Grappling with concussion: discovery, policy, and practice2013; 346 doi: http://dx.doi.org/10.1136/bmj.f1693 (Published 15 March 2013) Cite this as: 2013;346:f1693
- Bob Roehr, freelance journalist
- 1Washington, DC
Injury to the brain from concussion and other lesser trauma might result at least in part from damage to the blood-brain barrier and a complex immune feedback loop that mimics autoimmune disease. Evidence supporting the theory was gathered through collaboration between researchers at the University of Rochester Medical Center and the Cleveland Clinic and published this month in PLoS ONE.1
The blood-brain barrier is best known for preventing some molecules in the blood, most notably some drugs, from entering into the brain compartment. But it also works the other way, keeping some proteins unique to the brain from entering into the rest of the body. One of these is S100B, a protein associated with traumatic brain injury.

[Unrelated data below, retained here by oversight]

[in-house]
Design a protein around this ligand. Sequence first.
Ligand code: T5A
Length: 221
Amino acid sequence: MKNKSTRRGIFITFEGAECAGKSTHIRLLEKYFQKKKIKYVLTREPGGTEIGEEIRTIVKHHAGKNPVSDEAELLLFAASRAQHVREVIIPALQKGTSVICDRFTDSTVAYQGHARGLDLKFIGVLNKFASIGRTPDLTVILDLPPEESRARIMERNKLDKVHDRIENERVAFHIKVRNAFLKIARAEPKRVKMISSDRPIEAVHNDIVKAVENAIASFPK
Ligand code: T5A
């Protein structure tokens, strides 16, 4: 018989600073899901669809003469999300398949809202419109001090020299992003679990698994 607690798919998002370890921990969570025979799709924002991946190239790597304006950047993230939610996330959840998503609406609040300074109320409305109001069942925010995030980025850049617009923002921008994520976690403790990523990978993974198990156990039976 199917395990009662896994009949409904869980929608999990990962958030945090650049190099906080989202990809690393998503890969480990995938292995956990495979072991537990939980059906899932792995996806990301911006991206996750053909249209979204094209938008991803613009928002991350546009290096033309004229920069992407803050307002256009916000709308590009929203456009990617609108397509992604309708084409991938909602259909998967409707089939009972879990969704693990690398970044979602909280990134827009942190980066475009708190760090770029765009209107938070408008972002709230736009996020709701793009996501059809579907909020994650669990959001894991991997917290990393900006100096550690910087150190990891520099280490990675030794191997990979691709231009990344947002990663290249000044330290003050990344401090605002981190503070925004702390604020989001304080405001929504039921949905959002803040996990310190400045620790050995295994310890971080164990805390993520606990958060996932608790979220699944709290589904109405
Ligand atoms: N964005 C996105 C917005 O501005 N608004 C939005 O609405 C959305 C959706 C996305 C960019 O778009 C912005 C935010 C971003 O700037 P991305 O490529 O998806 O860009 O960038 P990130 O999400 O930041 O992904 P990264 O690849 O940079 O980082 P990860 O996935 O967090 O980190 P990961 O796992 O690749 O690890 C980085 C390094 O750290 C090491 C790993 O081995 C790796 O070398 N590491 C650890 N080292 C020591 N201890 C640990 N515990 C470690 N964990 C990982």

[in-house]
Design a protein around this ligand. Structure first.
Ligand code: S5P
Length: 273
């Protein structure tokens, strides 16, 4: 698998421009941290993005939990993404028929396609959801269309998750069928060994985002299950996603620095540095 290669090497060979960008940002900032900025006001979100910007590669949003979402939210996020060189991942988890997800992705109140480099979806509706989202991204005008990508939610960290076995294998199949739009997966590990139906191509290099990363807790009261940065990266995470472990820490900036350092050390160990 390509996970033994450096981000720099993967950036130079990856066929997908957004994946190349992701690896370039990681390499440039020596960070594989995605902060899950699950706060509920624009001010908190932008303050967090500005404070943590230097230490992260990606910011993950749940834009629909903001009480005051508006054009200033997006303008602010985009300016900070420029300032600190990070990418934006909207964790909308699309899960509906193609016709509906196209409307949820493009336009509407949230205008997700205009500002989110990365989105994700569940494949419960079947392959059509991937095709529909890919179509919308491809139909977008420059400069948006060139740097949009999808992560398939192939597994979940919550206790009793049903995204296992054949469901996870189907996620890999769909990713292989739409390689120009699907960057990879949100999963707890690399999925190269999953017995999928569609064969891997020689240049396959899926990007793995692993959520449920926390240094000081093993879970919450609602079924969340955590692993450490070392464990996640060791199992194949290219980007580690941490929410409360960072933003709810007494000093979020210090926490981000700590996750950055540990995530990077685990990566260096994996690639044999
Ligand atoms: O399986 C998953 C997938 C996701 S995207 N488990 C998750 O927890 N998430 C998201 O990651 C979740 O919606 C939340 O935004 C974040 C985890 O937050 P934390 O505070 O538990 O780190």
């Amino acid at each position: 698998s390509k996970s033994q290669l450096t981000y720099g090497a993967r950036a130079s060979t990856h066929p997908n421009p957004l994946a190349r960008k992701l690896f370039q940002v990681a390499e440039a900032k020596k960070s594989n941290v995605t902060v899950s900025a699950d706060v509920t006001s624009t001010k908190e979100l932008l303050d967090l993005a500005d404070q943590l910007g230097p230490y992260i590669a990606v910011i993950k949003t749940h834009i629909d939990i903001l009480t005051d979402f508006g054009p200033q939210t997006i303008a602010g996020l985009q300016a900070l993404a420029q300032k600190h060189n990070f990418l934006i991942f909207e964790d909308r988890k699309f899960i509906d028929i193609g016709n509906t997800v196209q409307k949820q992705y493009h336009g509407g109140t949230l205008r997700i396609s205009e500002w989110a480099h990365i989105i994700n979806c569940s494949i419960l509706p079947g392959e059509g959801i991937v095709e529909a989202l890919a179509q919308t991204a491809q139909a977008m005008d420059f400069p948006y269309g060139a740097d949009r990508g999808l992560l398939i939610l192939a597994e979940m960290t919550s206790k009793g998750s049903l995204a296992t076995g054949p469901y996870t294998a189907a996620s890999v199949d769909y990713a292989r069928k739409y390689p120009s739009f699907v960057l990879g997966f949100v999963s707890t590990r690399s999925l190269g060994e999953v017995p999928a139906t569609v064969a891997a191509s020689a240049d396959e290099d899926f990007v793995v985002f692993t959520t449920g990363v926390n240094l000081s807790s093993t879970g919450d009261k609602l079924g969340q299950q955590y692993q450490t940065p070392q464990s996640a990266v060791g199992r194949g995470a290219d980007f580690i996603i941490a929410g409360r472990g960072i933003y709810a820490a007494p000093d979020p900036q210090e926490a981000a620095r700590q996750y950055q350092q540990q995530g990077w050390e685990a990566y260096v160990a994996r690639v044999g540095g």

The study looked at blood samples from 67 college football players before and after a game; none had experienced a concussion. In the samples taken after the game small amounts of S100B and other brain proteins that are not supposed to be in the rest of the body were found. Looking back at video footage of the game, higher levels of S100B correlated with exposure to rougher contact during the event.
“The blood-brain barrier opens up, after every game, every practice, every scrum. Small amounts of protein, in particular S100B leak into peripheral circulation,” explains Jeffrey J Bazarian, associate professor at the University of Rochester Medical Center and coauthor of the paper. The immune system treats them like invaders; “It looks like the body forms antibodies to that protein because it is not used to seeing that protein in the peripheral circulation.
“We speculate that when the blood-brain barrier opens up again, those antibodies enter the brain and potentially do damage.” He says this new way of thinking “opens …
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